TOP’s cash car­rot for stu­dents

Central Leader - - SITUATIONS VACANT - HENRY COOKE

‘‘We are sup­posed to be get­ting more af­flu­ent ev­ery year, but these stats just keep get­ting worse,’’

Gareth Mor­gan’s The Op­por­tu­ni­ties Party is propos­ing a youth Un­con­di­tional Ba­sic In­come which pays every­one aged 18 to 23 years old $200 a week.

The $200 pay­ment - which would be af­ter tax - worked out to about $10,000 a year, and would go to every­one re­gard­less of in­come or whether or not they were study­ing.

Un­like other ben­e­fits it would not drop off if a young per­son moved into em­ploy­ment.

It would re­place the stu­dent al­lowance, which cur­rently is tied to parental in­come and maxes out at $177.03 af­ter tax for sin­gle peo­ple un­der 24.

Mor­gan ar­gued the fi­nan­cial se­cu­rity this would pro­vide would bring down rates of youth sui­cide and fi­nan­cial stress.

‘‘We are sup­posed to be get­ting more af­flu­ent ev­ery year, but these stats just keep get­ting worse,’’ Mor­gan said.

The pol­icy would cost $3.39 bil­lion per year but TOP say they could find this money by can­celling Na­tional’s tax cuts, sav­ings on stu­dent al­lowances, and with money from the Bud­get sur­plus.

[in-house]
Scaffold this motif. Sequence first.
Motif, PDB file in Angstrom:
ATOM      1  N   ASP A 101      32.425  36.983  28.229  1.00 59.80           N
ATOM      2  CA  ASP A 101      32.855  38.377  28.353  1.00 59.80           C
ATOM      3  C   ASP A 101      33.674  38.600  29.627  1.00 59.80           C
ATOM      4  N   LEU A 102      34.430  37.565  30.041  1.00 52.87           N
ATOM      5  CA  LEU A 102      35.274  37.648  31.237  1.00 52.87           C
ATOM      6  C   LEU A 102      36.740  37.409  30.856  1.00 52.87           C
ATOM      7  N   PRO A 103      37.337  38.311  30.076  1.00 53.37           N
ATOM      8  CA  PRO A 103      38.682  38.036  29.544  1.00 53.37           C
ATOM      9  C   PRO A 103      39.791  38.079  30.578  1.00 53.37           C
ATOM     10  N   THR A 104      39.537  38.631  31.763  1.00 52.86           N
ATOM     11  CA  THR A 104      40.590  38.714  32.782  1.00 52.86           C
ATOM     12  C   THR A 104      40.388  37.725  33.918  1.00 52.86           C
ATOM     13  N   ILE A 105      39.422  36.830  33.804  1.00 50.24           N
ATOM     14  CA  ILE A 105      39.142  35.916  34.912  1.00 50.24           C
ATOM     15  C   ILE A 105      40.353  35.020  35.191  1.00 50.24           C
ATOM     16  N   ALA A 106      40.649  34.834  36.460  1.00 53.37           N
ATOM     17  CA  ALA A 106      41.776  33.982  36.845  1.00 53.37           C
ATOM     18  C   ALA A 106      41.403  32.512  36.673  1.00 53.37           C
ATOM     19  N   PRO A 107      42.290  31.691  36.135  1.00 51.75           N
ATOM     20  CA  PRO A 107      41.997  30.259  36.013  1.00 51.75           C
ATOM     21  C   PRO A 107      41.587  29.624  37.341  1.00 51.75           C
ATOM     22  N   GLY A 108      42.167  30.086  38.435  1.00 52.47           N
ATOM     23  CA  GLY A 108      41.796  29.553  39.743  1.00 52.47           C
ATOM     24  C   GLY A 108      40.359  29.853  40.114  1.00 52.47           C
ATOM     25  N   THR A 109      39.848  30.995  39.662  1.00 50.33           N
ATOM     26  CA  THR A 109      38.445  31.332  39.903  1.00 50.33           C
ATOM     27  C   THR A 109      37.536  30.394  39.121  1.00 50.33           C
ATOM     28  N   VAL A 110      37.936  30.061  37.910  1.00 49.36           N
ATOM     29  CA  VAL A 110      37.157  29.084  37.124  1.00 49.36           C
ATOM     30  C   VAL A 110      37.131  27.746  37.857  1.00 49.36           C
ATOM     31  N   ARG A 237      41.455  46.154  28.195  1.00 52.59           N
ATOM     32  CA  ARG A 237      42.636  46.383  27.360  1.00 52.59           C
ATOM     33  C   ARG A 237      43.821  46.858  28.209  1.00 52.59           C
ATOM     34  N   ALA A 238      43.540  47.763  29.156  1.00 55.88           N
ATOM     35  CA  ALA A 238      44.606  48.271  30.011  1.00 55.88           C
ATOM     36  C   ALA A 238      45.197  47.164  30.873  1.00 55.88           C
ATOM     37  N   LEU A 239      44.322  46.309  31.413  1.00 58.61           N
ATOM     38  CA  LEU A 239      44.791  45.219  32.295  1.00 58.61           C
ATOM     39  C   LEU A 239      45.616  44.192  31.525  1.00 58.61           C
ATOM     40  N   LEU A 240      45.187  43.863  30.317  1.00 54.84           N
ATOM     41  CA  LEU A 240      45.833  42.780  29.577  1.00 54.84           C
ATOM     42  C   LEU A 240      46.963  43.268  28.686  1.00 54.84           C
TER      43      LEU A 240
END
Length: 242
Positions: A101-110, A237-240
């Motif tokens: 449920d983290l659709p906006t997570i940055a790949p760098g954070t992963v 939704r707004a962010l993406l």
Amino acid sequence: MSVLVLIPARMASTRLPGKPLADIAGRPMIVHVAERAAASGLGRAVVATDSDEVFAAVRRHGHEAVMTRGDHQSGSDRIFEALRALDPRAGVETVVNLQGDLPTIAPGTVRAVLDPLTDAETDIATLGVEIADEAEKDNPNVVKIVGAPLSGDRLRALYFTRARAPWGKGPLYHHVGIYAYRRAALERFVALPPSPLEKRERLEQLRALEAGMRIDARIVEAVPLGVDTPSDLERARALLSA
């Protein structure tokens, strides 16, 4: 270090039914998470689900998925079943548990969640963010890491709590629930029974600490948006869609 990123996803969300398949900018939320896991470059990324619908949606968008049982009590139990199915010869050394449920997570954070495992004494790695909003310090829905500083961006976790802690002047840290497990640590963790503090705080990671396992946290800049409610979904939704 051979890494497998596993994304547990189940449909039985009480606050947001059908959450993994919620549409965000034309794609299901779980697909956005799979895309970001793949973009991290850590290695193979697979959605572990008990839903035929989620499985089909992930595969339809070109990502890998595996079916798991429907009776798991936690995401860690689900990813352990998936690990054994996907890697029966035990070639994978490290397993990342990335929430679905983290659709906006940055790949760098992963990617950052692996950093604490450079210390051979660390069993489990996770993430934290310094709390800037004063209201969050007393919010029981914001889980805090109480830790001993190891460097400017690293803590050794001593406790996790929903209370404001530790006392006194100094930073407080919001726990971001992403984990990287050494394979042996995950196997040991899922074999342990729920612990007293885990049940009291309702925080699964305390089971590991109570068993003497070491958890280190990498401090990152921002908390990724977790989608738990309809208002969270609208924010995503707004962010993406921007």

‘‘As soon as [Joyce] said he was go­ing to give him­self and my­self a tax cut I thought ‘Ha, I’ve found some money!’’’, Mor­gan said.

It was the party’s third Uni­ver­sal Ba­sic In­come (UBI) pol­icy launch, fol­low­ing one for ba­bies and the el­derly.

Mor­gan ar­gued that tar­geted wel­fare pay­ments were need­lessly com­plex, re­sult­ing in greater costs and many not claim­ing the ben­e­fits they were en­ti­tled to.

‘‘This is the co­hort that has been pretty badly ne­glected by the po­lit­i­cal regime for a num­ber of decades,’’ Mor­gan said.

‘‘Stu­dents are very loud, but they are ac­tu­ally only 30 per cent of the co­hort. 70 per cent of the co­hort do not go through ter­tiary ed­u­ca­tion.’’

‘‘It is about en­abling peo­ple to make more choices, to find their own paths and to cope with the rapid flux of a work­place that must be re­spon­sive to tech­no­log­i­cal dis­rup­tion,’’ the party said in a re­lease.’’

‘‘There is just no way bu­reau­crats can de­sign com­plex sys­tems (big data or not) that can cope with all sit­u­a­tions in a cost-ef­fec­tive man­ner. Tar­geted witch-hunt wel­fare is dead, long live the UBI rev­o­lu­tion.’’

TOP said there were around 20,000 peo­ple in the age bracket who were not in em­ploy­ment, ed­u­ca­tion. train­ing, or re­ceiv­ing any kind of ben­e­fit.

The Op­por­tu­ni­ties Party wants to even­tu­ally roll out a Uni­ver­sal Ba­sic In­come for every­one.

MONIQUE FOR/STUFF

One econ­o­mist is wel­com­ing Gareth Mor­gan’s lat­est pro­posal.

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